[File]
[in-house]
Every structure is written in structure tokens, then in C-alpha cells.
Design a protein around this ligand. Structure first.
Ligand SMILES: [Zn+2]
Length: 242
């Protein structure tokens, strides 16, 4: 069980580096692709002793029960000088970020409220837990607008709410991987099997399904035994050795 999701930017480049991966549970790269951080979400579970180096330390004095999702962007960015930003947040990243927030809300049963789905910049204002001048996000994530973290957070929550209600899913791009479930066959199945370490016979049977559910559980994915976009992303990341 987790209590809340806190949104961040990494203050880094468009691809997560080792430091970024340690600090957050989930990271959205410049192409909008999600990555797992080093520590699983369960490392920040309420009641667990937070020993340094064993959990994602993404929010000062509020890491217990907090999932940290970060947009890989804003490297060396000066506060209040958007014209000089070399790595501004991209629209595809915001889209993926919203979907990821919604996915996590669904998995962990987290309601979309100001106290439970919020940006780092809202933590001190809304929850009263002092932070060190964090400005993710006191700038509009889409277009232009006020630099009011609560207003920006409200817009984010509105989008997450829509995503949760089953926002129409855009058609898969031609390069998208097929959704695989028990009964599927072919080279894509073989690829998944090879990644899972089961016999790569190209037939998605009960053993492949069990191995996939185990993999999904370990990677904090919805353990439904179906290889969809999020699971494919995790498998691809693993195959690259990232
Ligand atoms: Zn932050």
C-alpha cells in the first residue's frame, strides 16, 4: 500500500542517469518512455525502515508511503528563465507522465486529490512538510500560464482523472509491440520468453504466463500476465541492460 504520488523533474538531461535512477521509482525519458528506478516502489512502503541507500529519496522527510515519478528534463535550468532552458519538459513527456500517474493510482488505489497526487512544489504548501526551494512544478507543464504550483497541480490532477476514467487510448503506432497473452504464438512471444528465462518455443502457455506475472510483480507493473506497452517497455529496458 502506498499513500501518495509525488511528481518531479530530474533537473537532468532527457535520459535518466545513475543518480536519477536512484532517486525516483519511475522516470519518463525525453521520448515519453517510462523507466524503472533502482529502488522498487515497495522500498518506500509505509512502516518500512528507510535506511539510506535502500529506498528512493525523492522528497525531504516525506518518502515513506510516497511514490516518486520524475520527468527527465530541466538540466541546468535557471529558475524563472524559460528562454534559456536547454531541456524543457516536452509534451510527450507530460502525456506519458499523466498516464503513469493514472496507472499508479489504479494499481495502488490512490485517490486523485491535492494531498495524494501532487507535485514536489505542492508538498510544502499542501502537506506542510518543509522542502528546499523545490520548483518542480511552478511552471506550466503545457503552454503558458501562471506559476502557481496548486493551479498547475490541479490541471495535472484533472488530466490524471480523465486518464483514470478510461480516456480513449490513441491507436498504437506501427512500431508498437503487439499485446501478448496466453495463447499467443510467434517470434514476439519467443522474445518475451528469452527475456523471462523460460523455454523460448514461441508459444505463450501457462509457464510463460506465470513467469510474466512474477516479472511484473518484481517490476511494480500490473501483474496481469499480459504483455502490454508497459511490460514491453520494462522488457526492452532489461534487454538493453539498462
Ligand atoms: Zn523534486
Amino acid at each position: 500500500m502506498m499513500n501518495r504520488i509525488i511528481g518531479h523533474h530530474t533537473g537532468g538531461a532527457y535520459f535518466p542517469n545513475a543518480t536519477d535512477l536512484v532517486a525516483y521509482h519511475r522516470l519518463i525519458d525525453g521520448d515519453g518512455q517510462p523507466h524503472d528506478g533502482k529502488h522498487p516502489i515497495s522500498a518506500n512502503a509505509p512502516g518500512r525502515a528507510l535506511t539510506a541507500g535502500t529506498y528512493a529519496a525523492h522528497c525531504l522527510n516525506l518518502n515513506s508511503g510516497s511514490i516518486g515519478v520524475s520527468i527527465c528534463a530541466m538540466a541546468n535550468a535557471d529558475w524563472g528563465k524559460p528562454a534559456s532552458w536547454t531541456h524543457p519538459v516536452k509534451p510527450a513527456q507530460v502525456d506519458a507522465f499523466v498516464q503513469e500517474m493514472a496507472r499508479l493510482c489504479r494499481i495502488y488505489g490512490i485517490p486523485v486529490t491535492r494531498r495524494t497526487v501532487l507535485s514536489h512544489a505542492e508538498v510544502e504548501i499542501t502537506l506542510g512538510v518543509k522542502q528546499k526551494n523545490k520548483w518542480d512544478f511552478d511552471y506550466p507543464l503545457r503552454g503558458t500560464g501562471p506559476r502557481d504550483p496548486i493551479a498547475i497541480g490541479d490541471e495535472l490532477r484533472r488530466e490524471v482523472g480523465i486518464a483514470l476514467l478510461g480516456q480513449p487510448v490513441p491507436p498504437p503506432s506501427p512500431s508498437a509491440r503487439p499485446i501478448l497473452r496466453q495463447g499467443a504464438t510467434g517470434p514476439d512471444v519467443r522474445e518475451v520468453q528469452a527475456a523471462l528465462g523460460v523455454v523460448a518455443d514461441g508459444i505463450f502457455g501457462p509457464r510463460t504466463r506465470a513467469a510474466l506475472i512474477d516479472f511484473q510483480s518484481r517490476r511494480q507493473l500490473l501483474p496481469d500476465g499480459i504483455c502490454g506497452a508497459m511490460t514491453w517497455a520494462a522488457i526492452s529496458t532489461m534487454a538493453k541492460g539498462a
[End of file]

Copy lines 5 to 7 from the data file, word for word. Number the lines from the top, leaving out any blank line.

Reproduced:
Length: 242
């Protein structure tokens, strides 16, 4: 069980580096692709002793029960000088970020409220837990607008709410991987099997399904035994050795 999701930017480049991966549970790269951080979400579970180096330390004095999702962007960015930003947040990243927030809300049963789905910049204002001048996000994530973290957070929550209600899913791009479930066959199945370490016979049977559910559980994915976009992303990341 987790209590809340806190949104961040990494203050880094468009691809997560080792430091970024340690600090957050989930990271959205410049192409909008999600990555797992080093520590699983369960490392920040309420009641667990937070020993340094064993959990994602993404929010000062509020890491217990907090999932940290970060947009890989804003490297060396000066506060209040958007014209000089070399790595501004991209629209595809915001889209993926919203979907990821919604996915996590669904998995962990987290309601979309100001106290439970919020940006780092809202933590001190809304929850009263002092932070060190964090400005993710006191700038509009889409277009232009006020630099009011609560207003920006409200817009984010509105989008997450829509995503949760089953926002129409855009058609898969031609390069998208097929959704695989028990009964599927072919080279894509073989690829998944090879990644899972089961016999790569190209037939998605009960053993492949069990191995996939185990993999999904370990990677904090919805353990439904179906290889969809999020699971494919995790498998691809693993195959690259990232
Ligand atoms: Zn932050």